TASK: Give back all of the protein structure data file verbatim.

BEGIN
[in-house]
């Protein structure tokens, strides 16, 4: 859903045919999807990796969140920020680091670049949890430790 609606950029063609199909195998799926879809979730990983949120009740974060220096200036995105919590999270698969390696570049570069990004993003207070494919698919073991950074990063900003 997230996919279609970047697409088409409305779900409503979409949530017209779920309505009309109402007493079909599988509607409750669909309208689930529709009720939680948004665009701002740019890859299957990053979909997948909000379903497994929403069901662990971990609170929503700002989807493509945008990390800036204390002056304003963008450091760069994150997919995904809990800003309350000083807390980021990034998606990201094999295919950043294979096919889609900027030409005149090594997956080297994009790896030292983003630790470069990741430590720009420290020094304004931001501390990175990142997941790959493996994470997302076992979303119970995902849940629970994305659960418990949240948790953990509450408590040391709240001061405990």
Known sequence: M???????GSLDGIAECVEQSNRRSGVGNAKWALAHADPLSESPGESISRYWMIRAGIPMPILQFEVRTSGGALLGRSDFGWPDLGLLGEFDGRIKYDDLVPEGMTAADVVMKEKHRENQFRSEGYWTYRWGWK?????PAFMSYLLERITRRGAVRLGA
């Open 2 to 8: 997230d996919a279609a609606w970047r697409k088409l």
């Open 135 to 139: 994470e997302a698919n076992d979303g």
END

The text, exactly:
[in-house]
């Protein structure tokens, strides 16, 4: 859903045919999807990796969140920020680091670049949890430790 609606950029063609199909195998799926879809979730990983949120009740974060220096200036995105919590999270698969390696570049570069990004993003207070494919698919073991950074990063900003 997230996919279609970047697409088409409305779900409503979409949530017209779920309505009309109402007493079909599988509607409750669909309208689930529709009720939680948004665009701002740019890859299957990053979909997948909000379903497994929403069901662990971990609170929503700002989807493509945008990390800036204390002056304003963008450091760069994150997919995904809990800003309350000083807390980021990034998606990201094999295919950043294979096919889609900027030409005149090594997956080297994009790896030292983003630790470069990741430590720009420290020094304004931001501390990175990142997941790959493996994470997302076992979303119970995902849940629970994305659960418990949240948790953990509450408590040391709240001061405990």
Known sequence: M???????GSLDGIAECVEQSNRRSGVGNAKWALAHADPLSESPGESISRYWMIRAGIPMPILQFEVRTSGGALLGRSDFGWPDLGLLGEFDGRIKYDDLVPEGMTAADVVMKEKHRENQFRSEGYWTYRWGWK?????PAFMSYLLERITRRGAVRLGA
């Open 2 to 8: 997230d996919a279609a609606w970047r697409k088409l």
């Open 135 to 139: 994470e997302a698919n076992d979303g």